Each fall, LLILAS Benson Latin American Studies and Collections invites graduate and undergraduate students from all departments and disciplines across the university to submit photographs to the Field Notes student photography exhibition. Thirty images are chosen for display in the Benson Latin American Collection. Through these images, student photographers document moments from their research on Latin America or US Latina/o communities.
In addition to showcasing student research, the exhibition awards prizes of $250 to two student photographers. The winning photos are chosen in a blind competition by a panel of faculty and staff.
Fall 2019 marks the tenth anniversary of the photography show, originally conceived by Adrian Johnson, librarian for Caribbean studies and head of user services at the Benson. In this Tex Libris post, we give a glimpse of this beautiful and varied exhibition, and invite readers to visit the Benson to view all of the photos.
Through her research with Mexican migrants in Austin, prize-winner Maribel Bello created the Facebook page Rancho Querido, which she calls “an emotional-visual-exchange bridge” for sharing of images showing everyday activities in Mexico. Her winning photo shows children playing hide-and-seek. Bello is a master’s student in Latin American Studies at the Teresa Lozano Long Institute of Latin American Studies (LLILAS).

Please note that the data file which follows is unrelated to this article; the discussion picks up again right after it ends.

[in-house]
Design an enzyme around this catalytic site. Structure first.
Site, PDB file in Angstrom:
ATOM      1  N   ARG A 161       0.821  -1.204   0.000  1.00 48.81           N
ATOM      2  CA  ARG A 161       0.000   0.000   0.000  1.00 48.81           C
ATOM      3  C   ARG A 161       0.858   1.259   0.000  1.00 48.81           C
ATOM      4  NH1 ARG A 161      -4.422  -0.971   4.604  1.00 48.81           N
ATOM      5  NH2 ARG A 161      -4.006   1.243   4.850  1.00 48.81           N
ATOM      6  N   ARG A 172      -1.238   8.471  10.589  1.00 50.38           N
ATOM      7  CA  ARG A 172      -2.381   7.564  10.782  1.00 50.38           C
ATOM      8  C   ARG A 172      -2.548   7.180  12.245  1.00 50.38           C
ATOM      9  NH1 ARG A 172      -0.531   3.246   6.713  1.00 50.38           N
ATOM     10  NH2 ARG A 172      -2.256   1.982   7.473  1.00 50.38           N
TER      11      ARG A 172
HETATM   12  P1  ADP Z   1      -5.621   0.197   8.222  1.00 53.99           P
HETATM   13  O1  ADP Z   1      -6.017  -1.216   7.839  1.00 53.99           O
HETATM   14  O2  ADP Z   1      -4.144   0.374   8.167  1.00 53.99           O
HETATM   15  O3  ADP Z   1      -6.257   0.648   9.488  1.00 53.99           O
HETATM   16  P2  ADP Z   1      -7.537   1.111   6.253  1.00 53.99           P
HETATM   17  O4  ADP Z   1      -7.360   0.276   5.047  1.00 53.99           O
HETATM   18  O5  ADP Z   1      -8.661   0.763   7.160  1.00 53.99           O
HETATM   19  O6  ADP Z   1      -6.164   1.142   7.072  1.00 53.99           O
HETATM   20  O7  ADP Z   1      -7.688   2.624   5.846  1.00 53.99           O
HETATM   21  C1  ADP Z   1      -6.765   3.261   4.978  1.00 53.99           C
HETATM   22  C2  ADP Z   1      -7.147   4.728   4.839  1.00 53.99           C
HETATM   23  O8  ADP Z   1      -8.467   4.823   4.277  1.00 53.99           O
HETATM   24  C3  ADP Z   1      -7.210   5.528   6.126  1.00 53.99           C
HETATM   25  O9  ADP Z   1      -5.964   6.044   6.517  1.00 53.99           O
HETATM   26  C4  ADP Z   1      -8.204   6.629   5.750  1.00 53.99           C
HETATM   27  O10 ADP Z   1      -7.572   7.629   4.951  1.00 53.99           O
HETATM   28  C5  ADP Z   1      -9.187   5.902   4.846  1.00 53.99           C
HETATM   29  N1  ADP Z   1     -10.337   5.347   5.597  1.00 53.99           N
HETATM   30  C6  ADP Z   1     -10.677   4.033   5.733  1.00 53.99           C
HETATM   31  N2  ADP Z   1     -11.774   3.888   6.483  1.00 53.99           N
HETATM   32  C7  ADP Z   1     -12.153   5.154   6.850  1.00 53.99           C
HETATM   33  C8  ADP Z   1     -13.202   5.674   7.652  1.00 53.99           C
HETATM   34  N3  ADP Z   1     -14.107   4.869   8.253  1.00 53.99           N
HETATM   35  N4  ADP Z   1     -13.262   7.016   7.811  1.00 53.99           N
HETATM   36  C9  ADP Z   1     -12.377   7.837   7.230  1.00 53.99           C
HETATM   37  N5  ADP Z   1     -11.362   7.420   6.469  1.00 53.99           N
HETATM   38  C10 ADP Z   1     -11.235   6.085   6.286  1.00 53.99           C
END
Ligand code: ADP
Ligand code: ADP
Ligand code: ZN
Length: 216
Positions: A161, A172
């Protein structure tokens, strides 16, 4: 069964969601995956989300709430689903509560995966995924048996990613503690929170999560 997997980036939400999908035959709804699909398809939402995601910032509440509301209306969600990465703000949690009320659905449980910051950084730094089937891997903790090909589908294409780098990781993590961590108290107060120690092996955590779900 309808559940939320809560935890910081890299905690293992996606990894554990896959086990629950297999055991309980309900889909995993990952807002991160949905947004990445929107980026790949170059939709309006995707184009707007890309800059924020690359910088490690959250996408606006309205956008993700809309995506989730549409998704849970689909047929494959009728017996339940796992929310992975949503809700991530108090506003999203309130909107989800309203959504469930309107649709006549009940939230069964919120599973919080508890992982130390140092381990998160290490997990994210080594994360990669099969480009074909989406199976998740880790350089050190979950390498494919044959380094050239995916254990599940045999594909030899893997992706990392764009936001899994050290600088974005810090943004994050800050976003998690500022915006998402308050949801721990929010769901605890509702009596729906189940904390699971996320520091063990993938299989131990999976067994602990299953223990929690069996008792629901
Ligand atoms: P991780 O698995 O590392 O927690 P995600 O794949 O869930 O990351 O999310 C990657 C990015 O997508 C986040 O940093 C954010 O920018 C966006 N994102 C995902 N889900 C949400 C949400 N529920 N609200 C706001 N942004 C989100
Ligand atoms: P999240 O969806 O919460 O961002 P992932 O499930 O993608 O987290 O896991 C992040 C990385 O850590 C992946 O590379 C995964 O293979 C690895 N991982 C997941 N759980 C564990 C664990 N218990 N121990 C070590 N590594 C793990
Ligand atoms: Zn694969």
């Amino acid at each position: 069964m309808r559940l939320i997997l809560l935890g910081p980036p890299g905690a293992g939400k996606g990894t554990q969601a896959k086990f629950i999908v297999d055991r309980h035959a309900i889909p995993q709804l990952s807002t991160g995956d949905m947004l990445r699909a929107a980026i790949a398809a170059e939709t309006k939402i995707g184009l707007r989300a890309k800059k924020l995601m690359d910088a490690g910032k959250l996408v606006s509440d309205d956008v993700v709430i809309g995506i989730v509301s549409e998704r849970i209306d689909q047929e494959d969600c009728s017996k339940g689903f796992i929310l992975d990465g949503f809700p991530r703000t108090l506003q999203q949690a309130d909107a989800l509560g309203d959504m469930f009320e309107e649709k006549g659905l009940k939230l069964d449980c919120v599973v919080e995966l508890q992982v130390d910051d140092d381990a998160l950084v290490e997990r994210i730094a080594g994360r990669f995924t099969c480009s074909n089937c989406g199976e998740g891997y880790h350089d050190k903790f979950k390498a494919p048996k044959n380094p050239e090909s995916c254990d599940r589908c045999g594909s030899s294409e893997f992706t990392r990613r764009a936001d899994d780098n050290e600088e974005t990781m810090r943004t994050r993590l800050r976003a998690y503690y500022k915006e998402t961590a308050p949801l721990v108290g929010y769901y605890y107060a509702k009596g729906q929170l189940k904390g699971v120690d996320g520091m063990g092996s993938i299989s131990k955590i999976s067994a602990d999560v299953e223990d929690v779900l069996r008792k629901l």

In his untitled prize-winning photo (below), Arisbel López Andraca, a PhD student in the Department of Spanish and Portuguese, depicts a religious procession in Havana, Cuba. López has been researching the visuality of “daily religious practices” in the streets of Havana, noting the considerable increase in the circulation of “dressed dolls” or “spiritual dolls” as representations of orichas, spiritual entities, or eggungun.